Heating of the ampoule can be performed by different methods and one of them consists of using a standard tube furnace covering zone I from the side surface. The lower zone II can also be heated if necessary although as a rule it stays at room or close to room temperature.
 Let us disclose the physical essence of the described method. The driving forces of the melt flow process are the pressure forces in two gas media, one of which is a gas phase above the alloy inside the ampoule and the other one is a gas phase outside the ampoule. In the initial position, i.e. immediately after fixing the ampoule 1 with grips 3 (FIG. 1a) in the working position the temperature of the entire system in the range of the enclosure 5 is equal to room temperature. Alloy 2 prepared according to the known ampoule technique [K. Chuntonov et. al., Less Common Metals, 83 (1982) 143 153] is in the solid state and above it there is a free space of the volume V with residual gases under the pressure about 10-6mbar. The atmosphere outside the ampoule consists of pure Ar under the pressure of 1 bar. Separated by solid alloy these two gas areas, one inside the ampoule and another one outside it can stay without any changes practically arbitrary long.
 The situation becomes different after melting ingot 2 and preliminary pressing ampoule 1 with grips 3 as shown in FIG. 1, b. The pressure in the ampoule above the melt grows abruptly due to two reasons: as a result of a big increase in the partial pressure of the reactive metal and as a result of rapid decrease of the free volume V under the decrease of the gap h between grips 3 (FIG. 1,b see section m-m).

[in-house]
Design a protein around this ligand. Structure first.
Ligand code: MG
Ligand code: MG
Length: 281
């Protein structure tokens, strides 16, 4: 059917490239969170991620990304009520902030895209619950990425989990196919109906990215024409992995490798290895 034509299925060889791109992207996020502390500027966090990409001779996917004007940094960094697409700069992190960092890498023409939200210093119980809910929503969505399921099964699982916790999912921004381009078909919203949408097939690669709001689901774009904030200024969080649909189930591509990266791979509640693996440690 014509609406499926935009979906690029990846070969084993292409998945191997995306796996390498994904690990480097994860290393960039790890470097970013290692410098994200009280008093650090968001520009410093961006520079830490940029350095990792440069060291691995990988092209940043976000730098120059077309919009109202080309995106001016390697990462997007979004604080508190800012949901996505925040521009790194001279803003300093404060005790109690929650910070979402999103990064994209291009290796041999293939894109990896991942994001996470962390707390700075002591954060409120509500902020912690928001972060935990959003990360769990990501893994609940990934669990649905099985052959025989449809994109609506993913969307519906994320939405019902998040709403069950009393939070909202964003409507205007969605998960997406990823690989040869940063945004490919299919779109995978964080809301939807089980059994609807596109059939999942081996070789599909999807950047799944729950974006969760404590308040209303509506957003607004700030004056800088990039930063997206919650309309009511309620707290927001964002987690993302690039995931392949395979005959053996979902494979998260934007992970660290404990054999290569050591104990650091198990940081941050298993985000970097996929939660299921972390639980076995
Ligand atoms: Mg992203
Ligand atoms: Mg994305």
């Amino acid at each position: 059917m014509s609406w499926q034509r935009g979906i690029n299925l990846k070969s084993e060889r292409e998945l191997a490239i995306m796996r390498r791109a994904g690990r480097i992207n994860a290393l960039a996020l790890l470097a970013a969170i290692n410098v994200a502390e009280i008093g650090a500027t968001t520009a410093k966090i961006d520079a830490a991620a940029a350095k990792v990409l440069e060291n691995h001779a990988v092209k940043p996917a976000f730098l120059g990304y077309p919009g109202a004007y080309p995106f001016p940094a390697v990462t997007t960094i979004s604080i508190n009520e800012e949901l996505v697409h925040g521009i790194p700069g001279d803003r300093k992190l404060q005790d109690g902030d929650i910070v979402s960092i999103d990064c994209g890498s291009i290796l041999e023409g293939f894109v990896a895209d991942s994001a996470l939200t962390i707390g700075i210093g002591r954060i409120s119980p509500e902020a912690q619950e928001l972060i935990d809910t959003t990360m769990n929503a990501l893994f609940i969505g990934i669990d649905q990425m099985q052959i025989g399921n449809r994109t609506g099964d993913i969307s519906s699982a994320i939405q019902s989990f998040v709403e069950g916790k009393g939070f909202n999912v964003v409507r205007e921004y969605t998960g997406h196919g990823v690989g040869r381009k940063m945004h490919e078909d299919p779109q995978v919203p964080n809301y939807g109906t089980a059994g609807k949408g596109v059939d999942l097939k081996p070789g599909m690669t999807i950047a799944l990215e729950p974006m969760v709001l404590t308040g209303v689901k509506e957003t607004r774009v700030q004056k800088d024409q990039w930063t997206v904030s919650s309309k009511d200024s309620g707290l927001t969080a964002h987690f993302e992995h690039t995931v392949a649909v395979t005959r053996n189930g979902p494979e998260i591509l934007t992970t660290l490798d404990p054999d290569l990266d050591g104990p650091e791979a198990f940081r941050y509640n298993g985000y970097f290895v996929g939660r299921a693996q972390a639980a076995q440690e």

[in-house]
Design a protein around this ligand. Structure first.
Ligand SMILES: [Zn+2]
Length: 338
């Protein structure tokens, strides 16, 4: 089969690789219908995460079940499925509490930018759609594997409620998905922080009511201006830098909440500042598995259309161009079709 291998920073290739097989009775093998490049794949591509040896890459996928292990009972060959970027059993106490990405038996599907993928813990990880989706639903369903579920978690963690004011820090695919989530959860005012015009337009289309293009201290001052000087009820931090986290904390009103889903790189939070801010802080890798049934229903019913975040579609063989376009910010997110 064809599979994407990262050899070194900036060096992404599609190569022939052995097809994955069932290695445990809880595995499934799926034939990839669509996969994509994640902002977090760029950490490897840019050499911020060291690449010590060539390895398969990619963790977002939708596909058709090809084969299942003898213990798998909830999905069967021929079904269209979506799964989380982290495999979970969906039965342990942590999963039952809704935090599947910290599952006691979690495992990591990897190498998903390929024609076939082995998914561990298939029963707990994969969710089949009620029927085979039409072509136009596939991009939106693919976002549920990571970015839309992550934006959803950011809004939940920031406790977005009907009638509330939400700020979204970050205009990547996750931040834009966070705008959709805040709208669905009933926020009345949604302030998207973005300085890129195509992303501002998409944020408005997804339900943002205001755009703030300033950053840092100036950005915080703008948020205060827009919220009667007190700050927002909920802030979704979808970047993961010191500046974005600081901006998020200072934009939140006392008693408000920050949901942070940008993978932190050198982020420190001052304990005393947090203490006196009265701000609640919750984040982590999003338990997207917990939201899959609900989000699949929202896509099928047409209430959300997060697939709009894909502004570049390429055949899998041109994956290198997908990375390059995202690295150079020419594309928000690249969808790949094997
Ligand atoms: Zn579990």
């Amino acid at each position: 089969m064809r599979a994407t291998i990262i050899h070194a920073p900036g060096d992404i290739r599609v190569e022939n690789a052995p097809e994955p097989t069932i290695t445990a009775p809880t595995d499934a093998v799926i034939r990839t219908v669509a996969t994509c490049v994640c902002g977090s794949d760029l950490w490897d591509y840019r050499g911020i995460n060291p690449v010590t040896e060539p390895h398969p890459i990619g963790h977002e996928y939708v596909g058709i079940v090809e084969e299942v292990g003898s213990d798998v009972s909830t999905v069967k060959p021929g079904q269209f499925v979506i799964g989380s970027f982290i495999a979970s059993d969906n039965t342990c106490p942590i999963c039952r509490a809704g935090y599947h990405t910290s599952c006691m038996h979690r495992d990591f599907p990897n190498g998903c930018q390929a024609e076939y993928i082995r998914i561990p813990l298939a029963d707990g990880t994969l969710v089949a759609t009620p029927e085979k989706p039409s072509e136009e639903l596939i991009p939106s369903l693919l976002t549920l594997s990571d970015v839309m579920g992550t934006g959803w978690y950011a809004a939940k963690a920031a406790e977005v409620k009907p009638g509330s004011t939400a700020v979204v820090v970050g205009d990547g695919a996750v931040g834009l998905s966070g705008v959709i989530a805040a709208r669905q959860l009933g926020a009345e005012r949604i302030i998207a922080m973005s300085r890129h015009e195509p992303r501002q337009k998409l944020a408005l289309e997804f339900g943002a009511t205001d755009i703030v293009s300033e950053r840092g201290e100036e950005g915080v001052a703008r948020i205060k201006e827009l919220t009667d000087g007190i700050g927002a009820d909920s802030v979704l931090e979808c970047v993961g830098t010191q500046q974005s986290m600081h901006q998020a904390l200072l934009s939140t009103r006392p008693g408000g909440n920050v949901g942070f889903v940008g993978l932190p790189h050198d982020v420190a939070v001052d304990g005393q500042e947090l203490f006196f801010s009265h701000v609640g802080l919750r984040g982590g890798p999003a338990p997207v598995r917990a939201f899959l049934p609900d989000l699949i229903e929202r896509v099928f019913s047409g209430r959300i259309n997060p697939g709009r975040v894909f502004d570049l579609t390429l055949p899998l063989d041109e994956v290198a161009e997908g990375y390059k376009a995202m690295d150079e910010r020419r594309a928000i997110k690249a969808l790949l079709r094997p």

So, at heating the ampoule to the temperature TL+ΔT, where ΔT≈50° C., and the liquidus temperature TL for alloys belonging to the field of average concentrations of the reactive metal is in the range of 600° C.≦TL≦900° C., the vapor pressure of the reactive metal increases by many orders of magnitude reaching in the average some tens of mbar. Another contribution in the pressure rise inside the ampoule is by its flattening, leading in the first approximation to a dependence of the form of P˜A/(Bh-h2-C), where P is the pressure of the gas-vapor mixture above the melt, h is the width of the slit between grips 3, and A and B are constants and C is a slowly decreasing value.